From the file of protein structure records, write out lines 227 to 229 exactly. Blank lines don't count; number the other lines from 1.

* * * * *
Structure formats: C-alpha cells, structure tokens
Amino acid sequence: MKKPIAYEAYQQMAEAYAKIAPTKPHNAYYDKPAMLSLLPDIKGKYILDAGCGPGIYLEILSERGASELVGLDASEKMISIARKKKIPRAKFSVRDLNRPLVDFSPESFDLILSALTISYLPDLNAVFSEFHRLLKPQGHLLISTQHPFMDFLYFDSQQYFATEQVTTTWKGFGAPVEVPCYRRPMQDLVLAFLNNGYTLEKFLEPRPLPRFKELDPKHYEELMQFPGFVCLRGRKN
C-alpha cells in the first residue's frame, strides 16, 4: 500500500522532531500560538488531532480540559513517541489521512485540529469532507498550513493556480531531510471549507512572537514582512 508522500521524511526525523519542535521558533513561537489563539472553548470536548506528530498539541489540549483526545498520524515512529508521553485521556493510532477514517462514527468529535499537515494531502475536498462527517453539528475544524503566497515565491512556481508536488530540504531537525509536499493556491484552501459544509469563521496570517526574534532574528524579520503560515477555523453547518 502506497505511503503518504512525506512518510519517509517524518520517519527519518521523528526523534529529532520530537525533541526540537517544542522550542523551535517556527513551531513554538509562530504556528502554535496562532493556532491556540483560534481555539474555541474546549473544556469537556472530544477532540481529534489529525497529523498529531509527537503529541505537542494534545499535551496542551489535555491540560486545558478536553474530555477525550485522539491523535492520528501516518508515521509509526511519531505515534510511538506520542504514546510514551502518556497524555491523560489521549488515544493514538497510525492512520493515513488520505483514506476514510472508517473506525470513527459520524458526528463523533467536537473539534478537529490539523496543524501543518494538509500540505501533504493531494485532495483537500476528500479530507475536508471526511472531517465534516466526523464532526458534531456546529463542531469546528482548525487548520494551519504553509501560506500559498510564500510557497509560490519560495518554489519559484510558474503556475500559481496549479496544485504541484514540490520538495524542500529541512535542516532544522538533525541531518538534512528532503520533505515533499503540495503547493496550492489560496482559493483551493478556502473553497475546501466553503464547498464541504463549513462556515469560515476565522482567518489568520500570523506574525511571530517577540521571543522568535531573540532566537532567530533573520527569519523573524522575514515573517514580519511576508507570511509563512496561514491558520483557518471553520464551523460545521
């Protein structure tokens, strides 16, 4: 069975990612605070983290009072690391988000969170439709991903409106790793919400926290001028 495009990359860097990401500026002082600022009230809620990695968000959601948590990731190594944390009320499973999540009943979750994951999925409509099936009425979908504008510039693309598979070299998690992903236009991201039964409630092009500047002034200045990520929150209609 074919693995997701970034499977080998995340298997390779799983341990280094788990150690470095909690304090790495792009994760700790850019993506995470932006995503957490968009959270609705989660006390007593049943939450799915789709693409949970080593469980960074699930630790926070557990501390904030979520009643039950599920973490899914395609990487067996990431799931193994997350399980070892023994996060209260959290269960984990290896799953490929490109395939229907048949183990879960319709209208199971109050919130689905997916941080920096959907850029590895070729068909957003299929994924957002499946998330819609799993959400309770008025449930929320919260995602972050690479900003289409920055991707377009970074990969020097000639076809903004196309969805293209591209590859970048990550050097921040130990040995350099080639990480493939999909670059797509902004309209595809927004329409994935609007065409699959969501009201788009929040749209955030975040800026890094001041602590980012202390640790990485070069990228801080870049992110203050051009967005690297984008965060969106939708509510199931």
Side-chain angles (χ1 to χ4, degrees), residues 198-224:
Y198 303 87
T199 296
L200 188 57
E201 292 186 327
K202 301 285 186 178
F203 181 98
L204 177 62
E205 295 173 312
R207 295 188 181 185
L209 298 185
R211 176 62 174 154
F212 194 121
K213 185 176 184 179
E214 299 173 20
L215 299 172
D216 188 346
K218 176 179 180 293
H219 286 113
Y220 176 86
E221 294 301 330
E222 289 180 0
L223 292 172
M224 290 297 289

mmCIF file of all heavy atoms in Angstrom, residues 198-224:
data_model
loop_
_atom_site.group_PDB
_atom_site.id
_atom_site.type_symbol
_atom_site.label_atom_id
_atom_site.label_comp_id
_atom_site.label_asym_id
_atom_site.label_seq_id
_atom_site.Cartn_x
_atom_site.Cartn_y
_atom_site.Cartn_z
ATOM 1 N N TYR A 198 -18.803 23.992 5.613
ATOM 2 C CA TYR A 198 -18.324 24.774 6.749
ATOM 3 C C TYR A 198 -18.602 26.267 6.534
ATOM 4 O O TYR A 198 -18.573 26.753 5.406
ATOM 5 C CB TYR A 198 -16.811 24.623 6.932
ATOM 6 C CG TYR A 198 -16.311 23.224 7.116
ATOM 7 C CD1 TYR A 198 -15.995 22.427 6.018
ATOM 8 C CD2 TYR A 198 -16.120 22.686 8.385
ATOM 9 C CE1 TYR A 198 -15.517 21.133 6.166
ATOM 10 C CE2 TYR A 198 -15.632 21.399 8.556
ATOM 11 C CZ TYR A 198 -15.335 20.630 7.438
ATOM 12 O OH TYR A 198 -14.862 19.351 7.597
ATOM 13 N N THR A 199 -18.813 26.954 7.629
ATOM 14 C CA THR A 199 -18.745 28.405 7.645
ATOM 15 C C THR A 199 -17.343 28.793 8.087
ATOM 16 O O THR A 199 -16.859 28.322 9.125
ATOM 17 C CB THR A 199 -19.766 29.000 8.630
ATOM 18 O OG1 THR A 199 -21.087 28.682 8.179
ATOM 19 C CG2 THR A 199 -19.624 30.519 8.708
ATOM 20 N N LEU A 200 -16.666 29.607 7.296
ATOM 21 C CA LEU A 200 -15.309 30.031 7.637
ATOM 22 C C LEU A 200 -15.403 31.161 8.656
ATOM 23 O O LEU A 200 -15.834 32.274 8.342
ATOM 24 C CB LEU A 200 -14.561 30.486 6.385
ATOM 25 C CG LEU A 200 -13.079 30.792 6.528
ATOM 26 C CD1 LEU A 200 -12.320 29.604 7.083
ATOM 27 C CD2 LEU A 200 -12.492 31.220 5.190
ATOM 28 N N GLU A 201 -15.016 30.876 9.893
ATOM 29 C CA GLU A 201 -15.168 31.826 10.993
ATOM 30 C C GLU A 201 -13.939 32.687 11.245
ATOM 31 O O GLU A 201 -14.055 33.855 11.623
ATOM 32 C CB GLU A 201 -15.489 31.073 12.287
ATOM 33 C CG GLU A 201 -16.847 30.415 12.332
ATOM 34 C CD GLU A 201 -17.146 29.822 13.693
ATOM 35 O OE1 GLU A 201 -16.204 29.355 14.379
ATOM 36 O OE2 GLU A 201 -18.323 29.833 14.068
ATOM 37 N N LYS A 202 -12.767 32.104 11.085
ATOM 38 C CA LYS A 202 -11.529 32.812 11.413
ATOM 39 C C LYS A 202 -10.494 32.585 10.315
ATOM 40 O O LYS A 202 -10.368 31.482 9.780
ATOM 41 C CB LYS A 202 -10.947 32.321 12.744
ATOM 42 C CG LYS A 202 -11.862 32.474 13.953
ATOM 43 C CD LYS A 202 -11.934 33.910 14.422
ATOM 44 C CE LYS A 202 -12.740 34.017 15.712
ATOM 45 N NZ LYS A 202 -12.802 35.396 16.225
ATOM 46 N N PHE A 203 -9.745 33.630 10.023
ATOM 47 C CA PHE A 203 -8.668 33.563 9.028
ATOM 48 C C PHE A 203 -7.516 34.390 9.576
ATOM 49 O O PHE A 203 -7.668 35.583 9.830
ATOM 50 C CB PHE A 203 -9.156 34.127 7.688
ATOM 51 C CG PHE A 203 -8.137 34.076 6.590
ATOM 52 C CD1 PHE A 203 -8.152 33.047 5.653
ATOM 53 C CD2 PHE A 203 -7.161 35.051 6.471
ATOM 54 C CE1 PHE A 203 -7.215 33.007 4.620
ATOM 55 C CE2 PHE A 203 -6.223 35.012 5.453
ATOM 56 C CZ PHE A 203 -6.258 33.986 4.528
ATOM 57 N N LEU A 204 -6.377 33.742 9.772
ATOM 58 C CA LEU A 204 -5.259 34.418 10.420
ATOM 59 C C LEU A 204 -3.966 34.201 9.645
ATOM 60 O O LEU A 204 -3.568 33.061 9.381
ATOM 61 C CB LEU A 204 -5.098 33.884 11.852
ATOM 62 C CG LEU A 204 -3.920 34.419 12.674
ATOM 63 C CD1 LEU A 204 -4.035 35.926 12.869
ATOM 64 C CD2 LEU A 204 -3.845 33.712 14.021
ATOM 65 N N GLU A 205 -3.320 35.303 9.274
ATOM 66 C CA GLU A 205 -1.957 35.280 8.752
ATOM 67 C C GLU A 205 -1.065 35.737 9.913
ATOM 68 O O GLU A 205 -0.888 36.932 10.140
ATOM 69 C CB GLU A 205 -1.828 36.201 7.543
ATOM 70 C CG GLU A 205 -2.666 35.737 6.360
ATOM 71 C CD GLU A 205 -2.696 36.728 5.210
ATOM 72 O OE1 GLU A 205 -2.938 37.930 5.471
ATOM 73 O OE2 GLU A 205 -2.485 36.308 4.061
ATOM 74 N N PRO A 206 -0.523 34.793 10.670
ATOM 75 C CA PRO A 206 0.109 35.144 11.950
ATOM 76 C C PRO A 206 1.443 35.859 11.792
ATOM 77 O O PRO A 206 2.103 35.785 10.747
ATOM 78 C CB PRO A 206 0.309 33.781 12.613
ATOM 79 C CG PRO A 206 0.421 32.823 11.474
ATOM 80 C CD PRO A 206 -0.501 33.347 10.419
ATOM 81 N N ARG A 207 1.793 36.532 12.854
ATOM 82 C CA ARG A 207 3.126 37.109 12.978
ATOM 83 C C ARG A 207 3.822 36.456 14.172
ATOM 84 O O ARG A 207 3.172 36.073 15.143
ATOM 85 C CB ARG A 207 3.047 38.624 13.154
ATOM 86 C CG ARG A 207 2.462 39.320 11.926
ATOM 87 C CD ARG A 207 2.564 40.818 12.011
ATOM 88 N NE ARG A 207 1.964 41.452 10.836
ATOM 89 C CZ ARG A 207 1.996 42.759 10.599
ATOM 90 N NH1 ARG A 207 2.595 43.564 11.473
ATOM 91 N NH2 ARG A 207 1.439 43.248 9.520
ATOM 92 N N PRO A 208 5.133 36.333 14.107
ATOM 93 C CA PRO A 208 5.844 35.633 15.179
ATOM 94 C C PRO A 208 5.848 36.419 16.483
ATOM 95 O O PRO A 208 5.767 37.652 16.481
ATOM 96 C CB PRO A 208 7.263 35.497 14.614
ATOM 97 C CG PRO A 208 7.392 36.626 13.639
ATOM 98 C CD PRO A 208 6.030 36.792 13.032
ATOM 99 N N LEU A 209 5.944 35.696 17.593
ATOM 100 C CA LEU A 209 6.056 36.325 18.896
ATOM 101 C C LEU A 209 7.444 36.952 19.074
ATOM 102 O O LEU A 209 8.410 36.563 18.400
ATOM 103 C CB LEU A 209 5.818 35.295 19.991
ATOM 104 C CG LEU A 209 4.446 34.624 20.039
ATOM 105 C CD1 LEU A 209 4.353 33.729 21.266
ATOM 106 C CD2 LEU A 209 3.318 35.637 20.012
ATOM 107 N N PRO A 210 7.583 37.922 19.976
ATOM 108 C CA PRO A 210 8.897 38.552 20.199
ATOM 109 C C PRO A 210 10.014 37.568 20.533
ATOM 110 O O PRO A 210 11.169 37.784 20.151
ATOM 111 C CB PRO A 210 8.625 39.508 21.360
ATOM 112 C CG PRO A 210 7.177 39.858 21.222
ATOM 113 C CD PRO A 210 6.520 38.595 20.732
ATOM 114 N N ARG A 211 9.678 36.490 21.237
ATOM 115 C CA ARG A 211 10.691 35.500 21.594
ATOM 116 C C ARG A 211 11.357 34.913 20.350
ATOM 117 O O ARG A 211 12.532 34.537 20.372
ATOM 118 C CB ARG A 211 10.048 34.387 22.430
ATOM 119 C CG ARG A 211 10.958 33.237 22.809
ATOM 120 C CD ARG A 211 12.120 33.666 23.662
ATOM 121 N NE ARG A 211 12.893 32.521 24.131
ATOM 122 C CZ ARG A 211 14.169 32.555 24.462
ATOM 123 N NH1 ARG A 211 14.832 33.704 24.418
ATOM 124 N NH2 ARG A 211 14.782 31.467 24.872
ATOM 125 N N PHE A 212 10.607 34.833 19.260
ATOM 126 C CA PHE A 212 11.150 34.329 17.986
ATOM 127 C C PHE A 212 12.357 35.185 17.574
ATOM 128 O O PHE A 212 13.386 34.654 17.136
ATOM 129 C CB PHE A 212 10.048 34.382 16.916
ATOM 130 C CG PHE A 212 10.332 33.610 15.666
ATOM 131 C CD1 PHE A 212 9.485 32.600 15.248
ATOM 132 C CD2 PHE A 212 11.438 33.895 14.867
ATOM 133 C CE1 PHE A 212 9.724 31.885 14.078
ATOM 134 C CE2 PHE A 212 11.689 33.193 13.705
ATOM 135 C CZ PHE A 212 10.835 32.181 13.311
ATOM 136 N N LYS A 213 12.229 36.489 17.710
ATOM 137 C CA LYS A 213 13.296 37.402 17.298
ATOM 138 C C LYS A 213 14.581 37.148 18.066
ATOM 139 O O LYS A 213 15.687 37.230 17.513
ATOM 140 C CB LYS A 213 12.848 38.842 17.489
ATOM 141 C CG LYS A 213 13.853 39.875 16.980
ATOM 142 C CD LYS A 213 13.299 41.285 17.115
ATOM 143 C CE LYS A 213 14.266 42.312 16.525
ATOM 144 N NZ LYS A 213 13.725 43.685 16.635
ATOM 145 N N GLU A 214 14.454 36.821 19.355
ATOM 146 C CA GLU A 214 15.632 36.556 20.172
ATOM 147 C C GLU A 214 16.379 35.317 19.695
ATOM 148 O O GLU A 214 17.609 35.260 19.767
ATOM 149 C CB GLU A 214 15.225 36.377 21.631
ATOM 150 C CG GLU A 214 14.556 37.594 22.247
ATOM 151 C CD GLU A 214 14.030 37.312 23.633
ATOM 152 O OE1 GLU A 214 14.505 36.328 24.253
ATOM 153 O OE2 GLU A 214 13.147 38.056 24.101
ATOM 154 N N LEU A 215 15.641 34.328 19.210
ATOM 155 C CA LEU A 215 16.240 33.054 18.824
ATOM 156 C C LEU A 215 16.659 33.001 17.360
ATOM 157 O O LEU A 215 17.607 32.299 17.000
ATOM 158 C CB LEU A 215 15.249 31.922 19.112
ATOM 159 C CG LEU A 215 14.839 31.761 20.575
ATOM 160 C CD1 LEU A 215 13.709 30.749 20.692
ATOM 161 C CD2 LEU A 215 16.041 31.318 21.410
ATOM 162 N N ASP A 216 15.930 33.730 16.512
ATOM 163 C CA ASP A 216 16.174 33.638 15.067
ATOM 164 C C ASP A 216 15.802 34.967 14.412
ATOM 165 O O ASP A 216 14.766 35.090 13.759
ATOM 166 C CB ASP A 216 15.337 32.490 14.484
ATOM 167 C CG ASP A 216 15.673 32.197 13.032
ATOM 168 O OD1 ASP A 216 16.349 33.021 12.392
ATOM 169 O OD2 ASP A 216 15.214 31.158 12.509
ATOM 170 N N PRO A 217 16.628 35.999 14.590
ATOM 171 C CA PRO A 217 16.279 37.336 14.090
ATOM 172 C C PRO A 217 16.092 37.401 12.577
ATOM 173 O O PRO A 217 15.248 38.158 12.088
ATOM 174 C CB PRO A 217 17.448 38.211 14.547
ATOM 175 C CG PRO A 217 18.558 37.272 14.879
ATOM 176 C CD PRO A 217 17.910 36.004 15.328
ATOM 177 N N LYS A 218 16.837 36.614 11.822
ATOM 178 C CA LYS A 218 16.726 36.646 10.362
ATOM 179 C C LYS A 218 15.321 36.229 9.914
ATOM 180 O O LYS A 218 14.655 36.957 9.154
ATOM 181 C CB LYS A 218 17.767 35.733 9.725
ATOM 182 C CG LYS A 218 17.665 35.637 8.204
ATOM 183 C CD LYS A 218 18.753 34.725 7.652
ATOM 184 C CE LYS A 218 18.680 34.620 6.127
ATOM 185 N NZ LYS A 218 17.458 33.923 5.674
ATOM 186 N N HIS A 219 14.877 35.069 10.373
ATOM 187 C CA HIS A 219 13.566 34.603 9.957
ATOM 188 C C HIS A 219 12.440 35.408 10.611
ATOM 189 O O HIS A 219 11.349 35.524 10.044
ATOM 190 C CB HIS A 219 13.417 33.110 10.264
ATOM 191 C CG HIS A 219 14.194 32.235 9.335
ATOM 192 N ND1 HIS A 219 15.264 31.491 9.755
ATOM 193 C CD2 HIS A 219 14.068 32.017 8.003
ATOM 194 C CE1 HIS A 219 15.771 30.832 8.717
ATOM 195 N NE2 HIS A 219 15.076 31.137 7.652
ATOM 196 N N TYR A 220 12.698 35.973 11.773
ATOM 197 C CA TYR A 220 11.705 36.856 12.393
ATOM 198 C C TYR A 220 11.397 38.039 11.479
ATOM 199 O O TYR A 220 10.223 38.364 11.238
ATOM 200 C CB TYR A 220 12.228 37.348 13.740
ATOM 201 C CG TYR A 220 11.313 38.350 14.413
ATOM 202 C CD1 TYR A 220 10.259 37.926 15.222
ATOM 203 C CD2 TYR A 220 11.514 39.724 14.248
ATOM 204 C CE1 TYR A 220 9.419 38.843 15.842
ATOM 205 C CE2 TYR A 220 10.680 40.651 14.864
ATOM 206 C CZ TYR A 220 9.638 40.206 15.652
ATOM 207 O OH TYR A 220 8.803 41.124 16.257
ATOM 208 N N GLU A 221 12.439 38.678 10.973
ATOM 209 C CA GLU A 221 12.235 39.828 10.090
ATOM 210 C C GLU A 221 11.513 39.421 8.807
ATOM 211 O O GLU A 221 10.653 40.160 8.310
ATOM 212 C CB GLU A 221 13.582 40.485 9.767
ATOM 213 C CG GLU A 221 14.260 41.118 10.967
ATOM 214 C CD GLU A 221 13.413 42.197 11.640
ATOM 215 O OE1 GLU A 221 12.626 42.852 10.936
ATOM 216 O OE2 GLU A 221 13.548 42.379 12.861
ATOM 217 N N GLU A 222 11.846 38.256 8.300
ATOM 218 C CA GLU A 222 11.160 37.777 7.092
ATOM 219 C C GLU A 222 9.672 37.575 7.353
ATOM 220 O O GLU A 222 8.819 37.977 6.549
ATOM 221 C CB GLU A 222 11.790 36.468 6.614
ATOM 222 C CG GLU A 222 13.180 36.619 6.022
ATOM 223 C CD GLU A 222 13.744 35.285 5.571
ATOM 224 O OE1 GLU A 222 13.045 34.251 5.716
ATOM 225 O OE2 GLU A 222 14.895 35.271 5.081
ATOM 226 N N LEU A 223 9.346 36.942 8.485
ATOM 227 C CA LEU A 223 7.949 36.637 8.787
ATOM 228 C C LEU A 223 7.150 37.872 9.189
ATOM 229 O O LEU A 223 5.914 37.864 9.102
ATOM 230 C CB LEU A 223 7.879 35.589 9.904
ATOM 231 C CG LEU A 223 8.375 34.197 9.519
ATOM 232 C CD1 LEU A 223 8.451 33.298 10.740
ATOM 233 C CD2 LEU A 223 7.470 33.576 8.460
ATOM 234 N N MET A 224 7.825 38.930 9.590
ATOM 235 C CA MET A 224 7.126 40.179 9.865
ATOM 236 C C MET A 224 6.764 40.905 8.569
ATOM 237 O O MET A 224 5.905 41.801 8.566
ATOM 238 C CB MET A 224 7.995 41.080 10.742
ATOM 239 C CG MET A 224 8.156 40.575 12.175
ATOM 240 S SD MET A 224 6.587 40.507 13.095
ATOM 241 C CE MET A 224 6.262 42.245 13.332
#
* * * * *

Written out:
ATOM 186 N N HIS A 219 14.877 35.069 10.373
ATOM 187 C CA HIS A 219 13.566 34.603 9.957
ATOM 188 C C HIS A 219 12.440 35.408 10.611